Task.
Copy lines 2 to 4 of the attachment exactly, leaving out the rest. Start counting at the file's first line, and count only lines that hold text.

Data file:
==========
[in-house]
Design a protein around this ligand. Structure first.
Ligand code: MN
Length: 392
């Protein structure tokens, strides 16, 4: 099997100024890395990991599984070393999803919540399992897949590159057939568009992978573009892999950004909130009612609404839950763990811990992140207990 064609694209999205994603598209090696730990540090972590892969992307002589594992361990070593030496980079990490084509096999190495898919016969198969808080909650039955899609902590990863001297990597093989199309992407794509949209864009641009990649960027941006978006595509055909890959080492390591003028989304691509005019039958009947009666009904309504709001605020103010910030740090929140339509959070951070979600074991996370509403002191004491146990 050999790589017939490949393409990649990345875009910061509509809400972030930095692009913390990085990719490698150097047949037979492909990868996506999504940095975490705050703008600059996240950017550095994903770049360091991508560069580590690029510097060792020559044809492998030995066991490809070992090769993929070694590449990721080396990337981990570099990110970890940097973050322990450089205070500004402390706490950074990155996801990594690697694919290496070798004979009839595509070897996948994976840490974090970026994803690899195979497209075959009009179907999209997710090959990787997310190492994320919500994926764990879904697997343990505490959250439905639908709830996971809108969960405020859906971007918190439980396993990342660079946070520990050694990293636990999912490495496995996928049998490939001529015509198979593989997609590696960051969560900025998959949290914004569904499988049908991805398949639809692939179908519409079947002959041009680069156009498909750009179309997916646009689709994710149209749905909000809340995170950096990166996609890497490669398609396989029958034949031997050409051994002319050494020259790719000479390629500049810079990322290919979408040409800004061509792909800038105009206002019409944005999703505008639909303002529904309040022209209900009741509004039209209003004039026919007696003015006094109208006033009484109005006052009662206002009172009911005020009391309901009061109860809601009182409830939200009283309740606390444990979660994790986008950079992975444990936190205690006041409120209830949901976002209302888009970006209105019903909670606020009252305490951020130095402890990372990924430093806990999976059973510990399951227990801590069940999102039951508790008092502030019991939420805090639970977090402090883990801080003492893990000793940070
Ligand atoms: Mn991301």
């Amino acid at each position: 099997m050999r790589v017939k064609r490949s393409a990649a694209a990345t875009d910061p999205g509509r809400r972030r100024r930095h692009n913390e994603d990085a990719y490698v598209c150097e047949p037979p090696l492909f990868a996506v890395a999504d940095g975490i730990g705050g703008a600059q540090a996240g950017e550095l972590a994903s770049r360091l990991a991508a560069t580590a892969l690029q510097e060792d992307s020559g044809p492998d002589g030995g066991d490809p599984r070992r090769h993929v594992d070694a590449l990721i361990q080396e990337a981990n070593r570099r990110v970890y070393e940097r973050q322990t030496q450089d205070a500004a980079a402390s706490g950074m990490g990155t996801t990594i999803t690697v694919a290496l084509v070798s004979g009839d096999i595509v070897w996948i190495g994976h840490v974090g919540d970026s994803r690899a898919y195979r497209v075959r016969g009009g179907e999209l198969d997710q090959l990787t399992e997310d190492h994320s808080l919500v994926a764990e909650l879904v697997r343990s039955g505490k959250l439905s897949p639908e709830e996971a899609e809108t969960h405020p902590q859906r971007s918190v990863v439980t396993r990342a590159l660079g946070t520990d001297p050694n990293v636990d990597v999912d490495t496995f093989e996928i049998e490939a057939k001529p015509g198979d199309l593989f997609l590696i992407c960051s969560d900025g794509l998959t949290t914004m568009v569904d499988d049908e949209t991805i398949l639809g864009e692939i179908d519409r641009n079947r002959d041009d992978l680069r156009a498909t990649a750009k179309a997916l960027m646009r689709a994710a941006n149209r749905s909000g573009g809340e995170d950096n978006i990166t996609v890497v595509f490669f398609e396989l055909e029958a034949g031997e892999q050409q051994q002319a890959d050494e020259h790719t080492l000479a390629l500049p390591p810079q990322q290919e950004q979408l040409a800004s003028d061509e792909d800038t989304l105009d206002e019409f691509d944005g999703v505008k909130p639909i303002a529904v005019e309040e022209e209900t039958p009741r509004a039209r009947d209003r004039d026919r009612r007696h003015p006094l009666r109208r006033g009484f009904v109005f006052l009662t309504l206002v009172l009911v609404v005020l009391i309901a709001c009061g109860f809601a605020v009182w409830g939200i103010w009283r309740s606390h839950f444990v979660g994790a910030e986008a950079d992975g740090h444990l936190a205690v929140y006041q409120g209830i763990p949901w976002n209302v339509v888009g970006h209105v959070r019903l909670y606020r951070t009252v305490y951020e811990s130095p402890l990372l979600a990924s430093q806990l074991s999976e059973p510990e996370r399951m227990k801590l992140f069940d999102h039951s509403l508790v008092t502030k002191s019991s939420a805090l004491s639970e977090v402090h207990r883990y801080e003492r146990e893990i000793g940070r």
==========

Design a protein around this ligand. Structure first.
Ligand code: MN
Length: 392